- Buffalo, New York: incumbent Democrat Byron Brown won re-election for a fourth term in office.
- Charlotte, North Carolina: Democratic councilwoman Vi Lyles defeated Republican councilman Kenny Smith to become the city's first African-American female mayor.
- Cincinnati, Ohio: incumbent Democrat John Cranley won reelection to a second term in office.
- Cleveland, Ohio: incumbent Democrat Frank G. Jackson won reelection to a fourth term in office, making him the longest-serving mayor in the city's history.
- Detroit, Michigan: This is a nonpartisan office. Incumbent Mike Duggan won reelection to a second term in office.
- Flint, Michigan: This is a nonpartisan office. The recall election was unsuccessful and incumbentKaren Weaver was re-elected to the remainder of her first term.
- Harrisburg, Pennsylvania: incumbent Democrat Eric Papenfuse was re-elected to a second term.
- Hoboken, New Jersey: This is a nonpartisan office. Incumbent Democrat Dawn Zimmer decided not to run for reelection. City Councilman Ravi Bhalla was elected to replace Zimmer, making him the first Sikh mayor in New Jersey history.
- Jackson, Mississippi: incumbent Democrat Tony Yarber ran for reelection but was defeated by fellow Democrat Chokwe Antar Lumumba, son of the late Mayor Chokwe Lumumba.
- Jersey City, New Jersey: incumbent Democrat Steven Fulop was reelected to a second term in office.
- Lancaster, Pennsylvania: incumbent Democrat Rick Gray did not seek re-election and was succeeded by fellow Democrat Danane Sorace.
- Lansing, Michigan: incumbent Democrat Virg Bernero did not seek re-election and was succeeded by fellow Democrat Andy Schor.
- Los Angeles: incumbent Democrat Eric Garcetti won reelection to a second term in office.
- Manchester, New Hampshire: This is a nonpartisan office. Incumbent Ted Gatsas unsuccessfully sought re-election and was succeeded by Joyce Craig, the city's first female mayor.
- Miami, Florida: incumbent Republican Tomás Regalado was term-limited and could not run for a third term in office. Republican City Commissioner Francis X. Suarez was elected to replace Regalado.
- Minneapolis, Minnesota: incumbent Democrat Betsy Hodges finished third and was eliminated after four rounds of vote tabulations. Fellow Democratic City Council member Jacob Frey was elected mayor, after finishing 1st place in all five rounds of vote tabulations.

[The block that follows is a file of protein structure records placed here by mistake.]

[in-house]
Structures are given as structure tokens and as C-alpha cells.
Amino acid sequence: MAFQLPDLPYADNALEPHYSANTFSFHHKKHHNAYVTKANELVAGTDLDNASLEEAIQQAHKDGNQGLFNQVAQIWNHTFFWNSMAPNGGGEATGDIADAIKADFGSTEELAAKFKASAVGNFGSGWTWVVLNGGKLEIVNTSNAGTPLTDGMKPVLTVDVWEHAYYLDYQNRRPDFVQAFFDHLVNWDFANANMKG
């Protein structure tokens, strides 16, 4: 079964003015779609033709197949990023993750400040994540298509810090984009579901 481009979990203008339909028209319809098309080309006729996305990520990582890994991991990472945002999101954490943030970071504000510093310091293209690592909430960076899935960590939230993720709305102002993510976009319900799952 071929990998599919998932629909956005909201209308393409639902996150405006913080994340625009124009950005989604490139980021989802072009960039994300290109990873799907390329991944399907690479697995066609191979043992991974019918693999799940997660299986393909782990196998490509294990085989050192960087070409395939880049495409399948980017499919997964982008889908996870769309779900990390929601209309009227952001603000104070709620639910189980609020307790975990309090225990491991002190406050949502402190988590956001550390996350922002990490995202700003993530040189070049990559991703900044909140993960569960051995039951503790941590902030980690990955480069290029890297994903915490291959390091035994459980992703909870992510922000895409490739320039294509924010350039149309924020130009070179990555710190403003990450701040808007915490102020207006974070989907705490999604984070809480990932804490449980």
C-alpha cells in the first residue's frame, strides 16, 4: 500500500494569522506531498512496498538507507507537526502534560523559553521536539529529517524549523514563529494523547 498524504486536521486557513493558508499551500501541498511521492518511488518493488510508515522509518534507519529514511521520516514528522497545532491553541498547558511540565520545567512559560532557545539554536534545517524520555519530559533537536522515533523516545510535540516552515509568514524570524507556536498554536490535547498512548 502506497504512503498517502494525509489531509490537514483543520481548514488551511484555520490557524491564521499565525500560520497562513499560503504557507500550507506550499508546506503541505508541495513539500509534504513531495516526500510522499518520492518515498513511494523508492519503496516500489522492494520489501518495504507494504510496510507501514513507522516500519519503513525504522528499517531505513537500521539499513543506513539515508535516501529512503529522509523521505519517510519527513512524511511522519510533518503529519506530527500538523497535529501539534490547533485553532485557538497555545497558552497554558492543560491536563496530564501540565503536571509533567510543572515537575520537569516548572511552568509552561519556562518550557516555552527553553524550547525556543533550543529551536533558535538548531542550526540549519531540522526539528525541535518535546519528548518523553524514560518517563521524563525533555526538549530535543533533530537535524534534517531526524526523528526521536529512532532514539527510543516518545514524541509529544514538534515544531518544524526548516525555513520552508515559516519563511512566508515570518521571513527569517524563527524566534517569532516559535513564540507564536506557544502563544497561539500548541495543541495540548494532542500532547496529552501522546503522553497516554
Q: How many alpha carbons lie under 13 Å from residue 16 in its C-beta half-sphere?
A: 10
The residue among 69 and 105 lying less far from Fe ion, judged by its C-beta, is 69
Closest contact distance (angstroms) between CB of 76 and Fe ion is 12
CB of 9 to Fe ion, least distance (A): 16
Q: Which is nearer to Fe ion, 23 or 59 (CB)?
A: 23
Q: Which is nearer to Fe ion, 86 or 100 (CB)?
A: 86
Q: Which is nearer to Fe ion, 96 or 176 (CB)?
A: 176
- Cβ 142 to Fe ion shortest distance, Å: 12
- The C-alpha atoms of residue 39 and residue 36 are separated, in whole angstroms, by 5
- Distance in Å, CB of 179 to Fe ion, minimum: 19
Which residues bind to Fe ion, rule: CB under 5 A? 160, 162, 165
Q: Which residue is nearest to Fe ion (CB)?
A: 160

- New Orleans: incumbent Democrat Mitch Landrieu is term limited and cannot run for a third term in office. Democrat LaToya Cantrell was elected to succeed Landrieu.
- New York City: incumbent Democrat Bill de Blasio won reelection to a second term in office.
- Omaha, Nebraska: incumbent Republican Jean Stothert won reelection to a second term in office.
- Pittsburgh, Pennsylvania: incumbent Democrat Bill Peduto won reelection to a second term in office, with no opposition.
- Rochester, New York: incumbent Democrat Lovely Warren won reelection to a second term.
- Seattle, Washington: incumbent Democrat Ed Murray was not running for re-election before his resignation in September 2017, and subsequent replacement by interim Mayor Bruce Harrell who was replaced by current Mayor Tim Burgess. Democratic former U.S. Attorney for the Western District of Washington Jenny Durkan was elected to succeed Burgess.
- St. Louis, Missouri: incumbent Democrat Francis Slay decided not to run for re-election. Democrat Lyda Krewson was elected to succeed Slay.
- St. Paul, Minnesota: incumbent Democrat Chris Coleman decided not to run for re-election in order to explore a gubernatorial run. Former Democratic City Councilman Melvin Carter III was elected to replace Coleman.
- St. Petersburg, Florida: This is a nonpartisan office. Incumbent Rick Kriseman was re-elected to a second term in office.
- San Antonio, Texas: This is a nonpartisan office. Incumbent Ivy Taylor was defeated for re-election by Ron Nirenberg.
- Syracuse, New York: Ben Walsh (Independence, Reform) defeated Juanita Perez Williams (Democratic), Howie Hawkins (Green), Laura Levine (Republican), and Joseph A. Nicoletti (Working Families).
Fifteen candidates who were members of the Democratic Socialists of America were elected to office in thirteen states, most notably Lee Carter in the Virginia House of Delegates, thus adding to the twenty members already holding elected office nationwide.
Tables of partisan control resultsEdit
These tables show the partisan results of the Congressional special elections and gubernatorial races in 2017. Bold indicates a change in control.
|Before 2017 elections||After 2017 elections|
|Seat||Incumbent||State delegation||Winner||State delegation|
|Alabama Class 2||Rep||Rep 2–0||Dem||Split 1–1|
|United States||Rep 52–48[a]||Rep 51–49[a]|
|Before 2017 elections||After 2017 elections|
|Seat||Incumbent||State delegation||Winner||State delegation|
|California 34th||Dem||Dem 39–14||Dem||Dem 39–14|
|Georgia 6th||Rep||Rep 10–4||Rep||Rep 10–4|
|Kansas 4th||Rep||Rep 4–0||Rep||Rep 4–0|
|Montana at-large||Rep||Rep 1–0||Rep||Rep 1–0|
|South Carolina 5th||Rep||Rep 6–1||Rep||Rep 6–1|
|Utah 3rd||Rep||Rep 4–0||Rep||Rep 4–0|
|United States||Rep 241–194||Rep 241–194[b]|
|United States||Rep 34–15–1[c]||Rep 33–16–1|
- Maine Senator Angus King and Vermont Senator Bernie Sanders, the two Independents who caucus with the Democrats, are counted as Democrats.
- Vacant seats that have pending special elections in 2018 are counted as still being held by their respective incumbent party.
- Reflects the August 2017 announcement by West Virginia Governor Jim Justice that he changed his party affiliation from Democratic to Republican.
- Includes both chambers of the Virginia General Assembly. The then-Republican-controlled Senate of Virginia was not up for election in 2017.